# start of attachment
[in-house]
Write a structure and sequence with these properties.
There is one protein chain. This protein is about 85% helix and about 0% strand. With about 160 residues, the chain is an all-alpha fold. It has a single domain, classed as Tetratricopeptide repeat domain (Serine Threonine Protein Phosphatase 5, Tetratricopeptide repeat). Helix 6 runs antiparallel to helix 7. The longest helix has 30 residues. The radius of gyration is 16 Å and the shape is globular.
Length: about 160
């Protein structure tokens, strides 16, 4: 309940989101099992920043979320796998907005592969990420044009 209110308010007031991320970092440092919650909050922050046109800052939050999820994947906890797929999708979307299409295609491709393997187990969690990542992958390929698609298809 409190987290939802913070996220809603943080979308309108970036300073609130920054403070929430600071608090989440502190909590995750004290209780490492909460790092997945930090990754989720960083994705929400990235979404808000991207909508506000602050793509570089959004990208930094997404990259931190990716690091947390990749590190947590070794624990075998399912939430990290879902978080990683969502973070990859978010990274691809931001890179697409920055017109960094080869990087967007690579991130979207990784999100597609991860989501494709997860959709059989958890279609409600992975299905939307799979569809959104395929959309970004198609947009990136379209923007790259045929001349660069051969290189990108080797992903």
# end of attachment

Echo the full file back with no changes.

[in-house]
Write a structure and sequence with these properties.
There is one protein chain. This protein is about 85% helix and about 0% strand. With about 160 residues, the chain is an all-alpha fold. It has a single domain, classed as Tetratricopeptide repeat domain (Serine Threonine Protein Phosphatase 5, Tetratricopeptide repeat). Helix 6 runs antiparallel to helix 7. The longest helix has 30 residues. The radius of gyration is 16 Å and the shape is globular.
Length: about 160
């Protein structure tokens, strides 16, 4: 309940989101099992920043979320796998907005592969990420044009 209110308010007031991320970092440092919650909050922050046109800052939050999820994947906890797929999708979307299409295609491709393997187990969690990542992958390929698609298809 409190987290939802913070996220809603943080979308309108970036300073609130920054403070929430600071608090989440502190909590995750004290209780490492909460790092997945930090990754989720960083994705929400990235979404808000991207909508506000602050793509570089959004990208930094997404990259931190990716690091947390990749590190947590070794624990075998399912939430990290879902978080990683969502973070990859978010990274691809931001890179697409920055017109960094080869990087967007690579991130979207990784999100597609991860989501494709997860959709059989958890279609409600992975299905939307799979569809959104395929959309970004198609947009990136379209923007790259045929001349660069051969290189990108080797992903």